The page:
The Pregnant Widow
The past few years have not been kind to Martin Amis. Somewhere between the unseemly spat with his former chum, Julian Barnes, over his decision to dump Barnes’ wife, Pat Kavanagh, as his agent, and his bellicose remarks about the need for the British Muslim community to “suffer until it gets its house in order'”, the gloss went off the former wunderkind. The golden boy who could do no wrong mutated into something darker, and less easily assimilated.
Part of the problem was political. In the aftermath of 9/11, Amis’s politics grew more strident, less compromising. Just as his friend Christopher Hitchens chose to see parallels between the US-led invasion of Iraq and the fight against European fascism in the 1930s and 40s, Amis took as his target what he construed as the vacillation of many on the Left about the war on terror and the threat of Islamic fundamentalism: “Given the choice between George Bush and Osama bin Laden, the liberal relativist, it seems, is obliged to plump for the Saudi.”
As rhetoric it’s impressive, but it’s also manifestly unfair. Widespread unease with US foreign policy among the British Left and a longstanding sympathy for the Arab cause do not, except in a few specialised cases, translate into tacit support for jihadists, nor, whatever the demagogues of Fox News would have us believe, is a desire to appreciate the complexities of the social and historical context of political Islam the same thing as a lack of resolve.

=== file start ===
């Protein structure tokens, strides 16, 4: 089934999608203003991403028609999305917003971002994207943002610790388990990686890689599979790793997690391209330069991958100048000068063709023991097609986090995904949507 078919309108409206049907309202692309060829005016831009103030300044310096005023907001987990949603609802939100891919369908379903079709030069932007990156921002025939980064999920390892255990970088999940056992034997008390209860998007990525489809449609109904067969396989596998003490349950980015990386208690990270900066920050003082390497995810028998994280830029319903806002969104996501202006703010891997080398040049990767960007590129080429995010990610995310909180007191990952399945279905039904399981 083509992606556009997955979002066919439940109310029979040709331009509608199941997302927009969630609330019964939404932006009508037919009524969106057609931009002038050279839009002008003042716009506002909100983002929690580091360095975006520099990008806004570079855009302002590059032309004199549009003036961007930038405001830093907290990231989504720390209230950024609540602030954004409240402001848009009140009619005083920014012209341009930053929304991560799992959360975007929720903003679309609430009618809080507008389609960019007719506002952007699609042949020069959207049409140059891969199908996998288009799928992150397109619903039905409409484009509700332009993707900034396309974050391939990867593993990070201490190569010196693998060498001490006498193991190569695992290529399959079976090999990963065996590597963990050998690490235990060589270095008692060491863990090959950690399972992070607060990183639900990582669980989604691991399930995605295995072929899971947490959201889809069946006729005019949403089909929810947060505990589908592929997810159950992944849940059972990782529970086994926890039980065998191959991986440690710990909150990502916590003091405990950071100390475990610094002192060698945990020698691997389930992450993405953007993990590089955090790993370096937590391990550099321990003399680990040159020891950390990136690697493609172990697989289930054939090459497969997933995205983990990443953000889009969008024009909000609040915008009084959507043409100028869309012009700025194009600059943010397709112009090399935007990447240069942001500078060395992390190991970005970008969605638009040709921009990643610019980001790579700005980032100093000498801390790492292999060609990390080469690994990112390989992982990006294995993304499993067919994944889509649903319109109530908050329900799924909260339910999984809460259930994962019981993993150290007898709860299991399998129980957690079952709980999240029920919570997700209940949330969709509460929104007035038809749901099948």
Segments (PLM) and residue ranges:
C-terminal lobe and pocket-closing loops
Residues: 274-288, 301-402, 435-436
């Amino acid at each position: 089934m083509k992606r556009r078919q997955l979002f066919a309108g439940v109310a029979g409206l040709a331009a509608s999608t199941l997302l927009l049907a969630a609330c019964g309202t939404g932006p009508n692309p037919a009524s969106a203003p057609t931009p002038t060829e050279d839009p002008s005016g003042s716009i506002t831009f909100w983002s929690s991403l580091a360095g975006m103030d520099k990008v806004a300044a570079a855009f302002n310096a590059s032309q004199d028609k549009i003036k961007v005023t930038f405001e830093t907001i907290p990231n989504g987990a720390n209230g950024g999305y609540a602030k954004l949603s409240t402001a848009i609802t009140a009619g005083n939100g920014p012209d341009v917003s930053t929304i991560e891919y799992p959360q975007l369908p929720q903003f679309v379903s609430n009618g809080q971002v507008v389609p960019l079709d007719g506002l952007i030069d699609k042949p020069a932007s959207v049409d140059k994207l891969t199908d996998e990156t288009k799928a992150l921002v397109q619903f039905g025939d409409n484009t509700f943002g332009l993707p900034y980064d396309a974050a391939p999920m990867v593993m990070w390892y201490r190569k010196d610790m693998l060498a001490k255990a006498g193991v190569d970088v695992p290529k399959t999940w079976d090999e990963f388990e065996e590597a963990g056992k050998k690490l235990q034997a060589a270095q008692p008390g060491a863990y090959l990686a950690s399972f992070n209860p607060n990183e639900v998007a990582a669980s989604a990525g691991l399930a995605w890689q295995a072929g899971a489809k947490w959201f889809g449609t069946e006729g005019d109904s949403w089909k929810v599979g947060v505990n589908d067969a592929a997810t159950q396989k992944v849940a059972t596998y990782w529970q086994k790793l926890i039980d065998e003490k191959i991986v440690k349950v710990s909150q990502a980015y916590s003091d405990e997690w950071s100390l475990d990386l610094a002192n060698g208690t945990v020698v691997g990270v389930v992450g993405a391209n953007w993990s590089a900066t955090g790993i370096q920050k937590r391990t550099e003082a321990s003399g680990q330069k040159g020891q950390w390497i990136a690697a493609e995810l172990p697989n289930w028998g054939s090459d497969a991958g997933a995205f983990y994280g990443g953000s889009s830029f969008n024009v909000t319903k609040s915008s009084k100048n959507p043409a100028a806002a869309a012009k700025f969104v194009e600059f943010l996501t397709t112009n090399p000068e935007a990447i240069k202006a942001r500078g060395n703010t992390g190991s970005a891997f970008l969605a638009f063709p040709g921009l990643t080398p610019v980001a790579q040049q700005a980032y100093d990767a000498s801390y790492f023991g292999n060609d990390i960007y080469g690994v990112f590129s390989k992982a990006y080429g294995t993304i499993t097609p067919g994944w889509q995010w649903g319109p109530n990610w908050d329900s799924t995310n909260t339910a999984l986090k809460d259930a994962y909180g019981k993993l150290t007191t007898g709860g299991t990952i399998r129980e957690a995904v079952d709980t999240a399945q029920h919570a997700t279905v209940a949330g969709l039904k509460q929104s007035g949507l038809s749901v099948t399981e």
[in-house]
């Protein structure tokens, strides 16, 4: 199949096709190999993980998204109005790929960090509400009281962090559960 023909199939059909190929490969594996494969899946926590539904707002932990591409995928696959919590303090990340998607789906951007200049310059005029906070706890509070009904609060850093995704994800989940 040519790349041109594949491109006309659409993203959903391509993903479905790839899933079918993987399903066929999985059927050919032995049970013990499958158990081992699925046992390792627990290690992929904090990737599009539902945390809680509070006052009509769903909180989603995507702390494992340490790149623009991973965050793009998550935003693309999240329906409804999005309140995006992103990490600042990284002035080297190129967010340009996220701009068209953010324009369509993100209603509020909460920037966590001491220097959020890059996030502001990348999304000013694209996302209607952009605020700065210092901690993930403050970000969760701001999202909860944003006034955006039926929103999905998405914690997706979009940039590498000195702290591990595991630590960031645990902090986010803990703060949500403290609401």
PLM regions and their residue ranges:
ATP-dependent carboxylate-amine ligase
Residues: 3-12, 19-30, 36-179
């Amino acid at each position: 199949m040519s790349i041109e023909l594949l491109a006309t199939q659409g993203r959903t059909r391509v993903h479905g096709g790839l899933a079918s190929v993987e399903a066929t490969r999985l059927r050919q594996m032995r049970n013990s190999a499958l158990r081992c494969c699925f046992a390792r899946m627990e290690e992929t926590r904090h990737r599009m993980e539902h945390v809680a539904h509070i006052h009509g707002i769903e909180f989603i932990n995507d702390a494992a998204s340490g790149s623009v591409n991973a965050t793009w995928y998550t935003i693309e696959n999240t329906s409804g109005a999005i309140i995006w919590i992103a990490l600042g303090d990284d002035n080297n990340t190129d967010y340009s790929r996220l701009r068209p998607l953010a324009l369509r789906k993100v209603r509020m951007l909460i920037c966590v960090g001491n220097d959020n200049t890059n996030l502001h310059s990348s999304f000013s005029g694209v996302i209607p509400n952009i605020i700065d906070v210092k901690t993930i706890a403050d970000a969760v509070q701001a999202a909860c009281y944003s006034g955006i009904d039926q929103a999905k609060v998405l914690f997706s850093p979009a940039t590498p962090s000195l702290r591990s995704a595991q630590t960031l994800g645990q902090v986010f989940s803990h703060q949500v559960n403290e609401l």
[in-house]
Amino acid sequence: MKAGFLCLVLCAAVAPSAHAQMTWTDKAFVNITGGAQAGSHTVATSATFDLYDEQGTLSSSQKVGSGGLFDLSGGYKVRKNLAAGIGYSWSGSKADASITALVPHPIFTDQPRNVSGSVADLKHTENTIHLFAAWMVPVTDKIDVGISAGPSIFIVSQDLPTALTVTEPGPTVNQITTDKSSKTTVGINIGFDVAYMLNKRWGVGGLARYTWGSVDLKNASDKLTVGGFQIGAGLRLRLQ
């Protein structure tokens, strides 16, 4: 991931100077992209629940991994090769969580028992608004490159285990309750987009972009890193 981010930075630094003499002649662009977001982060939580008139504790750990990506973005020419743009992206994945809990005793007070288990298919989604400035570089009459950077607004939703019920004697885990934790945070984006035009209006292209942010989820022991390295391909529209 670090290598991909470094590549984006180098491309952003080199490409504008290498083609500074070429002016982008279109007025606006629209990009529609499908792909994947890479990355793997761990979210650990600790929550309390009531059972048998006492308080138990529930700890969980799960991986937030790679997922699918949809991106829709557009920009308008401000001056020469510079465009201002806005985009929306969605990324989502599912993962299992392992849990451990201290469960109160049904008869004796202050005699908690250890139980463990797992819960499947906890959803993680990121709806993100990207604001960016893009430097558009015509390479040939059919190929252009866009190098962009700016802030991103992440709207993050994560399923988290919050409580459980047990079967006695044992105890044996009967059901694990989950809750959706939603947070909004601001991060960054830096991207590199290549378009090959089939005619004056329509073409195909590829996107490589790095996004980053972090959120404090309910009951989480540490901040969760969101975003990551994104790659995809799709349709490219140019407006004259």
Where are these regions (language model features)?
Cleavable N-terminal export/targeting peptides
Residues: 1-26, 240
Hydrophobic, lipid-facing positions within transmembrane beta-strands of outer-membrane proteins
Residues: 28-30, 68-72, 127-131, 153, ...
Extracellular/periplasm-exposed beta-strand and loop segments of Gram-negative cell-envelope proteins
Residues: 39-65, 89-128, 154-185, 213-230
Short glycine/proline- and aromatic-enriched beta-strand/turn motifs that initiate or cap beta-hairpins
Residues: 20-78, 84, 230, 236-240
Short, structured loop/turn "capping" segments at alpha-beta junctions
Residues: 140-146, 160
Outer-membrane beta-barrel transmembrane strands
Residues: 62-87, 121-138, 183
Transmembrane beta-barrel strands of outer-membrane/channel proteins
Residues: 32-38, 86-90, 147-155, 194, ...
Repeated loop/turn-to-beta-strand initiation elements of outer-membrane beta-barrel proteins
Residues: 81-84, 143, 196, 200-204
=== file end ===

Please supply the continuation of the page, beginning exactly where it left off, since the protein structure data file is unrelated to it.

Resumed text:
Provocateurs make enemies, of course. But it’s difficult not to feel that Amis’s problems run deeper than merely offending the proprieties of the Left. Certainly remarks, like those made to an interviewer several years ago, that he couldn’t be a racist because he’d once had a Pakistani girlfriend, reveal a curious lack of comprehension of the manner in which old assumptions of cultural authority no longer play in multicultural Britain.
Nor has it helped that his recent books haven’t been much chop. After the flawed brilliance of The Information and his startlingly tender and painfully raw memoir of life with his father Kingsley, Experience, Amis has, beginning with his history of Stalin, Koba the Dread, produced a string of misfires.
At least one of these, the 2003 novel Yellow Dog, is likely to endure by virtue of having been on the receiving end of one of the most famous literary hatchet jobs of recent years, when novelist Tibor Fischer, writing in The Daily Telegraph, described it as not “bad as in not very good or slightly disappointing. It’s not-knowing-where-to-look bad … It’s like your favourite uncle being caught in a school playground, masturbating.”
Thrilling as the viciousness of Fischer’s review is, its savagery has occluded the fact that while Yellow Dog may not be Amis’s best, it’s a better book than it’s usually given credit for, and certainly much better than its successor, the egregiously awful House of Meetings.
Yet in it, and indeed most of Amis’s writing over the past decade, it’s possible to see something curiously misjudged, a sense in which Amis is struggling to adapt to a world in which old certainties have given way.